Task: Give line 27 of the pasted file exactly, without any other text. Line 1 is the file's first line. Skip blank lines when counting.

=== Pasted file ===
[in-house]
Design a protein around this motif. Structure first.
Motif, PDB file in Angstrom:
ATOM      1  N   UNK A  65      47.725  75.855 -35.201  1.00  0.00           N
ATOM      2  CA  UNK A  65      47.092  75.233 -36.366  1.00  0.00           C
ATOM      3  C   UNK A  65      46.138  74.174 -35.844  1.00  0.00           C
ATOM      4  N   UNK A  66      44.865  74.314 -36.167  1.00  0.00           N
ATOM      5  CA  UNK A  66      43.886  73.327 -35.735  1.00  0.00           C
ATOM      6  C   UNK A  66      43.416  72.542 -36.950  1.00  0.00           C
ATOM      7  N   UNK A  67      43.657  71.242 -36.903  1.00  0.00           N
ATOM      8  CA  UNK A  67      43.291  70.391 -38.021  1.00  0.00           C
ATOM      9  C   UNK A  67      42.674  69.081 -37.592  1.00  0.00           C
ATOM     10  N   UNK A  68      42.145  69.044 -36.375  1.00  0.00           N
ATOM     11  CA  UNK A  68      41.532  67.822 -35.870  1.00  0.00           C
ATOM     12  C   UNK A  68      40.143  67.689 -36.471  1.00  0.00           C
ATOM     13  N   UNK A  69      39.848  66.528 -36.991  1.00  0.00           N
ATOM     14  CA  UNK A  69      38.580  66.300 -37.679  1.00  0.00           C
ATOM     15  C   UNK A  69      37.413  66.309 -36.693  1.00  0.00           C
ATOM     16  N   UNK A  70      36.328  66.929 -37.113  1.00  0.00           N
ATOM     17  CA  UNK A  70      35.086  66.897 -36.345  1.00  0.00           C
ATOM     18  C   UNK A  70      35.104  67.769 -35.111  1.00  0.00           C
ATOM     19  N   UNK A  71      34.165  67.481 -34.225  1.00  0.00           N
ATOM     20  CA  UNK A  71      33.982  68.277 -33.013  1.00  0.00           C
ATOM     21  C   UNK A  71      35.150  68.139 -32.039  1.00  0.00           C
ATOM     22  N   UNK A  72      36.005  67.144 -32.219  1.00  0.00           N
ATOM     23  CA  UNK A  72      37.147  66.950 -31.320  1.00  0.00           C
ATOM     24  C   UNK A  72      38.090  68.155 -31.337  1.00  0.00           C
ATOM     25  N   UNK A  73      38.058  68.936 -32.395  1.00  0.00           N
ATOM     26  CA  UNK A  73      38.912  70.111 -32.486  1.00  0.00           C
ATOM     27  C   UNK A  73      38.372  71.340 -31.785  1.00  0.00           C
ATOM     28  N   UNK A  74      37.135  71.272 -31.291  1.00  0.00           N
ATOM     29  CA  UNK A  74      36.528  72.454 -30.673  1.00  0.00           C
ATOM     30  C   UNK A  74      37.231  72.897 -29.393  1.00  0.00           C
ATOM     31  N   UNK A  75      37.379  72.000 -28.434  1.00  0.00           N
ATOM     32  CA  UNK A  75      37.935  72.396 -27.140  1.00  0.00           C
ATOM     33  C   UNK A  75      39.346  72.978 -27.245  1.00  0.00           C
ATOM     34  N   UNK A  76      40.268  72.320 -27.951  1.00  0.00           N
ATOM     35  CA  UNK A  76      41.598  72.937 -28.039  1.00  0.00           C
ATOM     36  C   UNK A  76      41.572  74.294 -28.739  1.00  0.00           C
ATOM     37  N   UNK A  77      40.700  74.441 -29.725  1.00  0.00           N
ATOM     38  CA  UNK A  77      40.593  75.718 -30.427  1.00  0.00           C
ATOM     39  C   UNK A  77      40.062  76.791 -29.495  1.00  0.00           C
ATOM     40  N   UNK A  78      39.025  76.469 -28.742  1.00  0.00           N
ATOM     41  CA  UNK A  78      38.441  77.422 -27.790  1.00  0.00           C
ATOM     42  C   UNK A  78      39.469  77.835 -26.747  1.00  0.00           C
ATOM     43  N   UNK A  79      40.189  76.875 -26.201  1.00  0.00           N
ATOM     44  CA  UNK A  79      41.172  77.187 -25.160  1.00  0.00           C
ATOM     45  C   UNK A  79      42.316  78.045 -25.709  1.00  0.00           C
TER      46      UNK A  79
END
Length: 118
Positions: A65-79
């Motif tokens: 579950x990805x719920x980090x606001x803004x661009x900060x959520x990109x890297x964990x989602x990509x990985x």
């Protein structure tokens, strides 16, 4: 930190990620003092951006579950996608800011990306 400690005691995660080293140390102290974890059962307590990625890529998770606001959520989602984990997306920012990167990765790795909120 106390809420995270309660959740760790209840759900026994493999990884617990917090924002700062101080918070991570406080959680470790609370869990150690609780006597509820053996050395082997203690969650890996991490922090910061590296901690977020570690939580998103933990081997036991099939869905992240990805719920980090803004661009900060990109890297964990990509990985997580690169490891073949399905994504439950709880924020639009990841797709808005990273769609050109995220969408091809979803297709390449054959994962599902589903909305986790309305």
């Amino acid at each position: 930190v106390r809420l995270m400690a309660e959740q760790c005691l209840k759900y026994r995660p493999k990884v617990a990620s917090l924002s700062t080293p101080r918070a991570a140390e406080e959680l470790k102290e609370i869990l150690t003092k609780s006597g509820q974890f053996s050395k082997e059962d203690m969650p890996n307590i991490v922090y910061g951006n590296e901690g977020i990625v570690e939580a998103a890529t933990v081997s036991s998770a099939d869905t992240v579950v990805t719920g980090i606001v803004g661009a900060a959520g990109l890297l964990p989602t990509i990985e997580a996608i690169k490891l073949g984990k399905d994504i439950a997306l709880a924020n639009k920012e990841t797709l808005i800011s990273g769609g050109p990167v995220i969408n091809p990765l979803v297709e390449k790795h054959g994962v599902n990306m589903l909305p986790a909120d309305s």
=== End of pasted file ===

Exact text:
ATOM     24  C   UNK A  72      38.090  68.155 -31.337  1.00  0.00           C